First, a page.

The old docteur never forgot his graceful courtesy towards the most intimate associate; he smiled gratefully on his grandson, and disappeared into his own sanctum to his work.
He had hardly got his leather straight upon his book's back before the door opened.
"Grandpapa," cried Natika, entering hurriedly into his laboratory, "you'll have to stop your work! Here come three carriages, containing, I think, all the Smiths and all the Clarks to pay their party call!"
Docteur Canonge held up his pasty hands in despair, shrugged his shoulders, and then, with a comical grimace, said:| | 132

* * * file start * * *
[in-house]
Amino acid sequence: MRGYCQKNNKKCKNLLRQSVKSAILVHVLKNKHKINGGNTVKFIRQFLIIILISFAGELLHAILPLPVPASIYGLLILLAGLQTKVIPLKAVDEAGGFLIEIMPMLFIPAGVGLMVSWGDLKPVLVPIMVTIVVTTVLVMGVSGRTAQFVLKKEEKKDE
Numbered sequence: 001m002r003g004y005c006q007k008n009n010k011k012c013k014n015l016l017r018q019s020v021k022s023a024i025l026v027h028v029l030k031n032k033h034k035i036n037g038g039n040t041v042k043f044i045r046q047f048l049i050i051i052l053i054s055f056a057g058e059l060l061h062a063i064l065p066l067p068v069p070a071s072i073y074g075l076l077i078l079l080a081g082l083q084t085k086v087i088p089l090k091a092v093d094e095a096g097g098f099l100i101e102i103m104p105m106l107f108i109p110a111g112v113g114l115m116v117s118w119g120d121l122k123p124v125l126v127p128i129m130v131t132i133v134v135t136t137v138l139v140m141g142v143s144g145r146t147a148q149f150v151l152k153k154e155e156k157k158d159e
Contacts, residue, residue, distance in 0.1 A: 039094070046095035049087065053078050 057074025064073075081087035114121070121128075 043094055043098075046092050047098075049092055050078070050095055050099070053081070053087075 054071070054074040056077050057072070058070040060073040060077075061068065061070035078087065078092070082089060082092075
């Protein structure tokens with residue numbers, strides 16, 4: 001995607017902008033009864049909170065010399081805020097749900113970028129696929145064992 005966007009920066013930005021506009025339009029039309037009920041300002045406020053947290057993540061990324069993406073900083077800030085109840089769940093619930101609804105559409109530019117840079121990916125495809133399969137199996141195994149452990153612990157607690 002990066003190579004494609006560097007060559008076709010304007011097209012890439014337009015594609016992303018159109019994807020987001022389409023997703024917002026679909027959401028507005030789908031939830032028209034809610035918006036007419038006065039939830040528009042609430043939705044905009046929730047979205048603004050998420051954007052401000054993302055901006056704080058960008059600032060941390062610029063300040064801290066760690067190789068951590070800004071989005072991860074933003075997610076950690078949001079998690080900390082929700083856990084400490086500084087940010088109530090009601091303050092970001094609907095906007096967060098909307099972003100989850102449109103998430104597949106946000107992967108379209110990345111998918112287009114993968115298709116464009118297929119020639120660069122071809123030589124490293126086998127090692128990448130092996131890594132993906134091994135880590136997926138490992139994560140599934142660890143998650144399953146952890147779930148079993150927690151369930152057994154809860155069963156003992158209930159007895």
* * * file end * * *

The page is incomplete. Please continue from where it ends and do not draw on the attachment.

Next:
"Zey make attack in a phalanx! How sall we meet zis enemy?"
Natika laughed. "I don't know, grandpapa. Let's bring them all in here, where Mark and Victor can help us; and tell Lizbette to send up a tray of wine and little cakes as soon as possible, and some of her home-made orange syrup and water."
"Yes; zat will be a diversion to occupy zie army for a while," said Docteur Canonge, laughing. "And we will tell zem about Römer, and I will show zem my workshop. So, now we have arrange our plan of battle, I will go wash my hands and take off zis workman's costume!"